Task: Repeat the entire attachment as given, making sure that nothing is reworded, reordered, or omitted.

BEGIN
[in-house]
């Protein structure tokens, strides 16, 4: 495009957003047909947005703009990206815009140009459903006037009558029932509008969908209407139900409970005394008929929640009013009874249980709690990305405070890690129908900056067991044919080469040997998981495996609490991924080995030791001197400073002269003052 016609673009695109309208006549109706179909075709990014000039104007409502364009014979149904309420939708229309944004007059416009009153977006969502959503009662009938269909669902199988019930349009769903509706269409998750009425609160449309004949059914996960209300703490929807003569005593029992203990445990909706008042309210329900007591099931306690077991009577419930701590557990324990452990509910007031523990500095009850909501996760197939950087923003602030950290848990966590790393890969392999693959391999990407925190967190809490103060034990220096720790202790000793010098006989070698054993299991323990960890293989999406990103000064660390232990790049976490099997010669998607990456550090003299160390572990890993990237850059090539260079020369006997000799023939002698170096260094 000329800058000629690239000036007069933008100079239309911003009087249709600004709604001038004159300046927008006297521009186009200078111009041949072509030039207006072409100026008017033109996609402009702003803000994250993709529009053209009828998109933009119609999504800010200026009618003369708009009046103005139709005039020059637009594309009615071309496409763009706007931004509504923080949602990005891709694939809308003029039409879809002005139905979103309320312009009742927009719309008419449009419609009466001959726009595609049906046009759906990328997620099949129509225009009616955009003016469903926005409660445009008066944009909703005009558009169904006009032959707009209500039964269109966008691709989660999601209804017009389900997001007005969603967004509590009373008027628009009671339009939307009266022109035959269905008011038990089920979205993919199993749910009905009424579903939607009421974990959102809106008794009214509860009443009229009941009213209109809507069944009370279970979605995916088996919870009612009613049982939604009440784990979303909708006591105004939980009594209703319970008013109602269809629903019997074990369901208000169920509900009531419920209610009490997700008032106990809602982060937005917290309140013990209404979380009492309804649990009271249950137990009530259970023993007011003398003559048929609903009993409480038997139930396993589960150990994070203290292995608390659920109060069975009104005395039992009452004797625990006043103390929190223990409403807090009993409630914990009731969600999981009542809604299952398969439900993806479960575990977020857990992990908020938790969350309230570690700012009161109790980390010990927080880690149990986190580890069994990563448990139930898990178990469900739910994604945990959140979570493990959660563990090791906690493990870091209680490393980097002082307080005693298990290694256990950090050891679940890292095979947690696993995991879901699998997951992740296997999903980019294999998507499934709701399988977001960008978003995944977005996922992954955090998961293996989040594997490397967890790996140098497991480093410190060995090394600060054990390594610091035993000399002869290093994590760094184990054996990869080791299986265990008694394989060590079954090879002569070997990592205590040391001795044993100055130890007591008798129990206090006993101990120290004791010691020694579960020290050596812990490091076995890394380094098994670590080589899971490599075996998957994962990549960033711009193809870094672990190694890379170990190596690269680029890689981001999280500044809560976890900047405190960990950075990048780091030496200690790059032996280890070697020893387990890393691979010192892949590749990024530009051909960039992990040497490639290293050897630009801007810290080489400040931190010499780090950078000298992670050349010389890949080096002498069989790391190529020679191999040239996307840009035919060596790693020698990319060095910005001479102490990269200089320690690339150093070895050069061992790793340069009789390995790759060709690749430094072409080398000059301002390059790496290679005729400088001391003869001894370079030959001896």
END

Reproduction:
[in-house]
């Protein structure tokens, strides 16, 4: 495009957003047909947005703009990206815009140009459903006037009558029932509008969908209407139900409970005394008929929640009013009874249980709690990305405070890690129908900056067991044919080469040997998981495996609490991924080995030791001197400073002269003052 016609673009695109309208006549109706179909075709990014000039104007409502364009014979149904309420939708229309944004007059416009009153977006969502959503009662009938269909669902199988019930349009769903509706269409998750009425609160449309004949059914996960209300703490929807003569005593029992203990445990909706008042309210329900007591099931306690077991009577419930701590557990324990452990509910007031523990500095009850909501996760197939950087923003602030950290848990966590790393890969392999693959391999990407925190967190809490103060034990220096720790202790000793010098006989070698054993299991323990960890293989999406990103000064660390232990790049976490099997010669998607990456550090003299160390572990890993990237850059090539260079020369006997000799023939002698170096260094 000329800058000629690239000036007069933008100079239309911003009087249709600004709604001038004159300046927008006297521009186009200078111009041949072509030039207006072409100026008017033109996609402009702003803000994250993709529009053209009828998109933009119609999504800010200026009618003369708009009046103005139709005039020059637009594309009615071309496409763009706007931004509504923080949602990005891709694939809308003029039409879809002005139905979103309320312009009742927009719309008419449009419609009466001959726009595609049906046009759906990328997620099949129509225009009616955009003016469903926005409660445009008066944009909703005009558009169904006009032959707009209500039964269109966008691709989660999601209804017009389900997001007005969603967004509590009373008027628009009671339009939307009266022109035959269905008011038990089920979205993919199993749910009905009424579903939607009421974990959102809106008794009214509860009443009229009941009213209109809507069944009370279970979605995916088996919870009612009613049982939604009440784990979303909708006591105004939980009594209703319970008013109602269809629903019997074990369901208000169920509900009531419920209610009490997700008032106990809602982060937005917290309140013990209404979380009492309804649990009271249950137990009530259970023993007011003398003559048929609903009993409480038997139930396993589960150990994070203290292995608390659920109060069975009104005395039992009452004797625990006043103390929190223990409403807090009993409630914990009731969600999981009542809604299952398969439900993806479960575990977020857990992990908020938790969350309230570690700012009161109790980390010990927080880690149990986190580890069994990563448990139930898990178990469900739910994604945990959140979570493990959660563990090791906690493990870091209680490393980097002082307080005693298990290694256990950090050891679940890292095979947690696993995991879901699998997951992740296997999903980019294999998507499934709701399988977001960008978003995944977005996922992954955090998961293996989040594997490397967890790996140098497991480093410190060995090394600060054990390594610091035993000399002869290093994590760094184990054996990869080791299986265990008694394989060590079954090879002569070997990592205590040391001795044993100055130890007591008798129990206090006993101990120290004791010691020694579960020290050596812990490091076995890394380094098994670590080589899971490599075996998957994962990549960033711009193809870094672990190694890379170990190596690269680029890689981001999280500044809560976890900047405190960990950075990048780091030496200690790059032996280890070697020893387990890393691979010192892949590749990024530009051909960039992990040497490639290293050897630009801007810290080489400040931190010499780090950078000298992670050349010389890949080096002498069989790391190529020679191999040239996307840009035919060596790693020698990319060095910005001479102490990269200089320690690339150093070895050069061992790793340069009789390995790759060709690749430094072409080398000059301002390059790496290679005729400088001391003869001894370079030959001896």